When the 2020 Boston Marathon takes place next April, there will be 16 returning champions in the elite field.
John Hancock and the Boston Athletic Association announced Tuesday morning that 2019 open champions Lawrence Cherono, of Kenya, and Worknesh Degefa, of Ethiopia; along with wheelchair champions Daniel Romanchuk, of the U.S., and Manuela Schär, of Switzerland, will return to the Hopkinton start on Marathon Monday.
They will be joined by 2018 Boston Marathon champion Des Linden. In what promises to be an impressive feat of distance racing, Linden plans to compete in the U.S. Olympic Marathon Trials on Feb. 29, then run the Boston Marathon barely seven weeks later.
“At this point in my career I enter each race with a heightened sense of urgency and have become very selective in what races I'm willing to commit my time and energy to,” Linden said in a statement released by race sponsor John Hancock. “The Boston Marathon has always been the most motivating race on my schedule; I’m grateful that in an Olympic year John Hancock is supportive of me competing in the U.S. Olympic Trials as well. I hope to stand on the start line in Hopkinton as the first U.S. Woman to have made three Olympic Marathon teams.”
Linden added that the plan to compete in both races has been “in the works for roughly a year.” For distance runners, whether elite or not, seven weeks between marathons is an extremely quick turnaround. Most elite runners race two marathons per year, giving their bodies time to recover between each all-out effort.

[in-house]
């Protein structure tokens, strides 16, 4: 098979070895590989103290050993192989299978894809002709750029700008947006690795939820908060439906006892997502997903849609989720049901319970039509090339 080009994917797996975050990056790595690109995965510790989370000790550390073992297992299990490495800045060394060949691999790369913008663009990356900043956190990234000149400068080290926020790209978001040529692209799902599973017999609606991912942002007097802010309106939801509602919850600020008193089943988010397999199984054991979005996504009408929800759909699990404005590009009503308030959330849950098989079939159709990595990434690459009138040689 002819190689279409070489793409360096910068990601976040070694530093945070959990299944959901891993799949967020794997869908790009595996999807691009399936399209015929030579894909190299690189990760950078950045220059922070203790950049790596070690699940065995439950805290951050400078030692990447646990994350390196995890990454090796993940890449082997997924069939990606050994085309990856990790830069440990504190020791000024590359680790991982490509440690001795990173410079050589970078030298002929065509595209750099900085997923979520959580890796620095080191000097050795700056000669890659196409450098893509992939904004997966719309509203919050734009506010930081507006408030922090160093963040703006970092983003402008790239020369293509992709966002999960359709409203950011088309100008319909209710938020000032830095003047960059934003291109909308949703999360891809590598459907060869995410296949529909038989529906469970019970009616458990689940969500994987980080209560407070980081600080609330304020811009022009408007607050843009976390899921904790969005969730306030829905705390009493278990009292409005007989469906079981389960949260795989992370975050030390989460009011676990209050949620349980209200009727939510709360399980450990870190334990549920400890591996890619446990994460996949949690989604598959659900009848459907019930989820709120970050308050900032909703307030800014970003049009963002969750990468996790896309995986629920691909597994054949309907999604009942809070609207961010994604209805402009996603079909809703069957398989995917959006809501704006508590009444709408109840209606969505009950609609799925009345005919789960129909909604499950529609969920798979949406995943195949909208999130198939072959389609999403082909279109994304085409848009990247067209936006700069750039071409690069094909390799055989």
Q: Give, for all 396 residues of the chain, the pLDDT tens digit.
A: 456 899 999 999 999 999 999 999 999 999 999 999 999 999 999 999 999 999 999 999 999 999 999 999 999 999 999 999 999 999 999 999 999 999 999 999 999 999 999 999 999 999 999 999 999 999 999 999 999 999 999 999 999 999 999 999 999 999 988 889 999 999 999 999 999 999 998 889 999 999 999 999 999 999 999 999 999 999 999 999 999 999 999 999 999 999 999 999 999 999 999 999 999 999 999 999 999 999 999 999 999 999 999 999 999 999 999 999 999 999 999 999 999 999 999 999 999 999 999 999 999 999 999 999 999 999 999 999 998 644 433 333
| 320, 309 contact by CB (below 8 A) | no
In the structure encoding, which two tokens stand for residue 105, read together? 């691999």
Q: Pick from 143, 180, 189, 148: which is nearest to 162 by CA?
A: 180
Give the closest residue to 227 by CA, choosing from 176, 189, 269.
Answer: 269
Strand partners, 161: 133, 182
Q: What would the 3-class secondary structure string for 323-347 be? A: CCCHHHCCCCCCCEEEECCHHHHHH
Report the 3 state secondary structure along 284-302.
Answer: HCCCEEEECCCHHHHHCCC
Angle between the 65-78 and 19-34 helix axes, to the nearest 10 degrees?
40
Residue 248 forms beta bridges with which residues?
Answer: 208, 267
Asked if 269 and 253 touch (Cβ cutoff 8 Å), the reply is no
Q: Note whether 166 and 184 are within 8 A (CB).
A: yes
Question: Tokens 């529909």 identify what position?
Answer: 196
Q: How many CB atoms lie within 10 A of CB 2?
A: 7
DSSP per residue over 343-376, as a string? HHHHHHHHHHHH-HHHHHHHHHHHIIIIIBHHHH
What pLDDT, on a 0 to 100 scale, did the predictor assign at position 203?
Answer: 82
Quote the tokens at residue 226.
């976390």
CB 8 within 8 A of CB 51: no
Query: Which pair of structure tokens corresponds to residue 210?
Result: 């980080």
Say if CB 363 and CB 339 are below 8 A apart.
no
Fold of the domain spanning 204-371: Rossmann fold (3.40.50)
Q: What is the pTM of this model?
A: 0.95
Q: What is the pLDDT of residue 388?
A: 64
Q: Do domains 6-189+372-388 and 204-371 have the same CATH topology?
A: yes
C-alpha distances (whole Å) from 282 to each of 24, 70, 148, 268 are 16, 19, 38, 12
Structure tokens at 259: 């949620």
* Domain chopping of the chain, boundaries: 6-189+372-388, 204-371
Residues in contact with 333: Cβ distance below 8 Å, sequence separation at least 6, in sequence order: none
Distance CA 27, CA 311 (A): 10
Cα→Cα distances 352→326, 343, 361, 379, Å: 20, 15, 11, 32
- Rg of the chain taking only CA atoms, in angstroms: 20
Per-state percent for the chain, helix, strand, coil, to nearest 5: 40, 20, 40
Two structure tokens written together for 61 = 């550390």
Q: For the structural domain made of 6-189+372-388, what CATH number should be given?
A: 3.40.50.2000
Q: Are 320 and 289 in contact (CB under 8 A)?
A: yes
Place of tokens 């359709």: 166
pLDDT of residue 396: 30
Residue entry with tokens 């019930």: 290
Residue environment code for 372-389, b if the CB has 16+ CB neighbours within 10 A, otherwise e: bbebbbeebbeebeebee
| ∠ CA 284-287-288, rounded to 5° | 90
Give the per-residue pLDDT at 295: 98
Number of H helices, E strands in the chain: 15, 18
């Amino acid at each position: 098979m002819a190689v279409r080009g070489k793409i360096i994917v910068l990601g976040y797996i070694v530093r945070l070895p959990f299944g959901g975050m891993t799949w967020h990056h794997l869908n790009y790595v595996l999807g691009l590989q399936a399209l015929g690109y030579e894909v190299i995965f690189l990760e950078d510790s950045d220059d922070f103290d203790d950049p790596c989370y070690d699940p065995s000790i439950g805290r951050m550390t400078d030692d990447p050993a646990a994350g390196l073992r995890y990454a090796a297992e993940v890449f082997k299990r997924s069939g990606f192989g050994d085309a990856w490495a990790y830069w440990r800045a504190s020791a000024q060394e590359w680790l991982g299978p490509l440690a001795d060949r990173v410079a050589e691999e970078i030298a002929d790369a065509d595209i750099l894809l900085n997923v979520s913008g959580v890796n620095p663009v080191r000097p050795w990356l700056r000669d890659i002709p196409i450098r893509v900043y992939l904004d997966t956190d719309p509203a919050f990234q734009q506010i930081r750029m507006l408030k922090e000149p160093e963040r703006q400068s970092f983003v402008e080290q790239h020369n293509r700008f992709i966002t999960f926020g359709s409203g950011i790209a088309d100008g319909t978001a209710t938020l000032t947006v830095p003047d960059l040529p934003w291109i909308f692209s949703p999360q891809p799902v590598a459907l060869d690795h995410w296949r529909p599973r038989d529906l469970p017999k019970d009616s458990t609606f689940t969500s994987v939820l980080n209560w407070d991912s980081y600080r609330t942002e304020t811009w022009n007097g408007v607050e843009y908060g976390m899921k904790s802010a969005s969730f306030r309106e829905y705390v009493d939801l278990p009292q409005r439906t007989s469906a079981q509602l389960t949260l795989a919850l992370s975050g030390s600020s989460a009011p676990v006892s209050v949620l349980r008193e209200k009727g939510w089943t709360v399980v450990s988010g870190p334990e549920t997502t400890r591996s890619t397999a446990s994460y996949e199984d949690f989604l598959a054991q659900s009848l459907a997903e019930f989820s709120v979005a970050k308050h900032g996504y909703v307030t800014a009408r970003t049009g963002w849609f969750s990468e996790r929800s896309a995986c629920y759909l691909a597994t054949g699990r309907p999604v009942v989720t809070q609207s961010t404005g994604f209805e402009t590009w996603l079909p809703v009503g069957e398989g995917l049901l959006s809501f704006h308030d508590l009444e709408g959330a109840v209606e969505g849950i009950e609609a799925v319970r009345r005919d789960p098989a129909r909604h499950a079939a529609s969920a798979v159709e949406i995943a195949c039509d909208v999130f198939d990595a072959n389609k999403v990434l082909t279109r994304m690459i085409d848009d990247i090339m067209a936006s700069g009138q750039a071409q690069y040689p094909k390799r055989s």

“I crossed the finish line in 2019 [in Boston] and knew if my body was capable, I wanted to return to Boston in 2020."Des Linden
In 2019, Linden raced the Boston Marathon in April and the New York City Marathon in November. That’s a pretty typical elite runner schedule — one spring and one fall marathon. Linden finished fifth in Boston in 2 hours and 27 minutes, then sixth in New York in 2 hours, 26 minutes and 46 seconds.
“I crossed the finish line in 2019 [in Boston] and knew if my body was capable, I wanted to return to Boston in 2020,” Linden said. “My coach Walt Drenth and I had some long conversations on doing the double [with the trials], how we would tailor the training, and if it was reasonable to expect to run well in both races — we were both excited about the challenge. No matter the outcome of the Olympic Trials, I'll stand in Hopkinton looking to challenge for a top spot in Boston and excited to put on a show for the best fans in the world.”
If Linden qualifies for the Olympic team at the trials, then races in Boston and at the Summer Games in Tokyo, she will compete in three marathons in a little more than five months. But it’s unlikely that 'triple' will eclipse what Linden accomplished in 2018. At least, not for Boston Marathon fans.
In Boston and the distance running community, Linden is best known for her iconic 2018 Boston Marathon victory. Pushing through rain, relentless headwinds and near-freezing temperatures, Linden became the first American winner in the women’s open division in 33 years.